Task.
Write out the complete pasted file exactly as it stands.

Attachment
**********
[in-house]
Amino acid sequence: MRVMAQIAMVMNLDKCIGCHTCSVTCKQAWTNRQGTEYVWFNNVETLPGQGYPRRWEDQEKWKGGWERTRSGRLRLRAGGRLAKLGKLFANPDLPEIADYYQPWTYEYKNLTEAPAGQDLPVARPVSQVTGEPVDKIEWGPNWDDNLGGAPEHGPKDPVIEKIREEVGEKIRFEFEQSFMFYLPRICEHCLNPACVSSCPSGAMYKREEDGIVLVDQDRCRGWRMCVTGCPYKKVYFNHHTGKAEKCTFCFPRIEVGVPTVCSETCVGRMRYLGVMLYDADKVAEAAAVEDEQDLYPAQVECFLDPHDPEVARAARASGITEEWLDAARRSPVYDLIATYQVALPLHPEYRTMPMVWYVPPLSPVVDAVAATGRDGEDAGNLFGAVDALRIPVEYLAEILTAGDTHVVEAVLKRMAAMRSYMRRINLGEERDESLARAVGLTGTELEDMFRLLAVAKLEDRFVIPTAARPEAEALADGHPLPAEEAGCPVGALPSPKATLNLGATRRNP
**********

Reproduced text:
[in-house]
Amino acid sequence: MRVMAQIAMVMNLDKCIGCHTCSVTCKQAWTNRQGTEYVWFNNVETLPGQGYPRRWEDQEKWKGGWERTRSGRLRLRAGGRLAKLGKLFANPDLPEIADYYQPWTYEYKNLTEAPAGQDLPVARPVSQVTGEPVDKIEWGPNWDDNLGGAPEHGPKDPVIEKIREEVGEKIRFEFEQSFMFYLPRICEHCLNPACVSSCPSGAMYKREEDGIVLVDQDRCRGWRMCVTGCPYKKVYFNHHTGKAEKCTFCFPRIEVGVPTVCSETCVGRMRYLGVMLYDADKVAEAAAVEDEQDLYPAQVECFLDPHDPEVARAARASGITEEWLDAARRSPVYDLIATYQVALPLHPEYRTMPMVWYVPPLSPVVDAVAATGRDGEDAGNLFGAVDALRIPVEYLAEILTAGDTHVVEAVLKRMAAMRSYMRRINLGEERDESLARAVGLTGTELEDMFRLLAVAKLEDRFVIPTAARPEAEALADGHPLPAEEAGCPVGALPSPKATLNLGATRRNP